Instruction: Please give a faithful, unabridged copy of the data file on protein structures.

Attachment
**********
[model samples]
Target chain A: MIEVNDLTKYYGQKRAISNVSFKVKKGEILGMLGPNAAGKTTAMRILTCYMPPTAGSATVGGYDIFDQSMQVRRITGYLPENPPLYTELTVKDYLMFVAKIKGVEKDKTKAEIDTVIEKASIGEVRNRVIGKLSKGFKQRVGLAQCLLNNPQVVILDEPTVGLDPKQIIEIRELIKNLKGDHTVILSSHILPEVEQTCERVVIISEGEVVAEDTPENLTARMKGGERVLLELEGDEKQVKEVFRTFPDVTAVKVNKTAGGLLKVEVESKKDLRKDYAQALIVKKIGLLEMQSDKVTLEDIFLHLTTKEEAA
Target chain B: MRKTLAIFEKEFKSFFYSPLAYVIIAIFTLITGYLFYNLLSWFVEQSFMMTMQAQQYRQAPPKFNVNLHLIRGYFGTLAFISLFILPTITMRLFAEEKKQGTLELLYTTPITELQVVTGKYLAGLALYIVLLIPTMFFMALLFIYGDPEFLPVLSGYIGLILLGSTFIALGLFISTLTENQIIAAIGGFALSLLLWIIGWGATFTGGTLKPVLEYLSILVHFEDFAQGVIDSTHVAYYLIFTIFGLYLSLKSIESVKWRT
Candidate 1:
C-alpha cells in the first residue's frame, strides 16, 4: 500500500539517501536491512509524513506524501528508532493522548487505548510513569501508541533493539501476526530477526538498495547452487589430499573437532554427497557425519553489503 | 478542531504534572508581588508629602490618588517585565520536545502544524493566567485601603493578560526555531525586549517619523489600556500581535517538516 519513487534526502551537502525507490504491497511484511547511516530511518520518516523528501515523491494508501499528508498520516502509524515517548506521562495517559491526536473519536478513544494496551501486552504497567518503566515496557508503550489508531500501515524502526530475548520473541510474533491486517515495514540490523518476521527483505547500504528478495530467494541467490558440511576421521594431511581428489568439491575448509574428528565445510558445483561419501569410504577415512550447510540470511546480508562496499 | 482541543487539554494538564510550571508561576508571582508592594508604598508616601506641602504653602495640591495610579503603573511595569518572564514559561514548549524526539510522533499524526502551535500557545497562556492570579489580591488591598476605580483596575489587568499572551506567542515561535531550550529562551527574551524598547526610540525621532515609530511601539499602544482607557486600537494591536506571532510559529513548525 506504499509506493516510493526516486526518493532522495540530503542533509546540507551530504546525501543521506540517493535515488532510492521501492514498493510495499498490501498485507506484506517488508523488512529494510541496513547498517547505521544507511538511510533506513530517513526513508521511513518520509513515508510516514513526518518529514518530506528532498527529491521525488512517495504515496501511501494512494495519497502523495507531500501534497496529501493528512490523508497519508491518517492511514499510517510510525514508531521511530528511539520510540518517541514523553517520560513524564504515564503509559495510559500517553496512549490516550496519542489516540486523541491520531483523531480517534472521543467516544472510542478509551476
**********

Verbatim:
[model samples]
Target chain A: MIEVNDLTKYYGQKRAISNVSFKVKKGEILGMLGPNAAGKTTAMRILTCYMPPTAGSATVGGYDIFDQSMQVRRITGYLPENPPLYTELTVKDYLMFVAKIKGVEKDKTKAEIDTVIEKASIGEVRNRVIGKLSKGFKQRVGLAQCLLNNPQVVILDEPTVGLDPKQIIEIRELIKNLKGDHTVILSSHILPEVEQTCERVVIISEGEVVAEDTPENLTARMKGGERVLLELEGDEKQVKEVFRTFPDVTAVKVNKTAGGLLKVEVESKKDLRKDYAQALIVKKIGLLEMQSDKVTLEDIFLHLTTKEEAA
Target chain B: MRKTLAIFEKEFKSFFYSPLAYVIIAIFTLITGYLFYNLLSWFVEQSFMMTMQAQQYRQAPPKFNVNLHLIRGYFGTLAFISLFILPTITMRLFAEEKKQGTLELLYTTPITELQVVTGKYLAGLALYIVLLIPTMFFMALLFIYGDPEFLPVLSGYIGLILLGSTFIALGLFISTLTENQIIAAIGGFALSLLLWIIGWGATFTGGTLKPVLEYLSILVHFEDFAQGVIDSTHVAYYLIFTIFGLYLSLKSIESVKWRT
Candidate 1:
C-alpha cells in the first residue's frame, strides 16, 4: 500500500539517501536491512509524513506524501528508532493522548487505548510513569501508541533493539501476526530477526538498495547452487589430499573437532554427497557425519553489503 | 478542531504534572508581588508629602490618588517585565520536545502544524493566567485601603493578560526555531525586549517619523489600556500581535517538516 519513487534526502551537502525507490504491497511484511547511516530511518520518516523528501515523491494508501499528508498520516502509524515517548506521562495517559491526536473519536478513544494496551501486552504497567518503566515496557508503550489508531500501515524502526530475548520473541510474533491486517515495514540490523518476521527483505547500504528478495530467494541467490558440511576421521594431511581428489568439491575448509574428528565445510558445483561419501569410504577415512550447510540470511546480508562496499 | 482541543487539554494538564510550571508561576508571582508592594508604598508616601506641602504653602495640591495610579503603573511595569518572564514559561514548549524526539510522533499524526502551535500557545497562556492570579489580591488591598476605580483596575489587568499572551506567542515561535531550550529562551527574551524598547526610540525621532515609530511601539499602544482607557486600537494591536506571532510559529513548525 506504499509506493516510493526516486526518493532522495540530503542533509546540507551530504546525501543521506540517493535515488532510492521501492514498493510495499498490501498485507506484506517488508523488512529494510541496513547498517547505521544507511538511510533506513530517513526513508521511513518520509513515508510516514513526518518529514518530506528532498527529491521525488512517495504515496501511501494512494495519497502523495507531500501534497496529501493528512490523508497519508491518517492511514499510517510510525514508531521511530528511539520510540518517541514523553517520560513524564504515564503509559495510559500517553496512549490516550496519542489516540486523541491520531483523531480517534472521543467516544472510542478509551476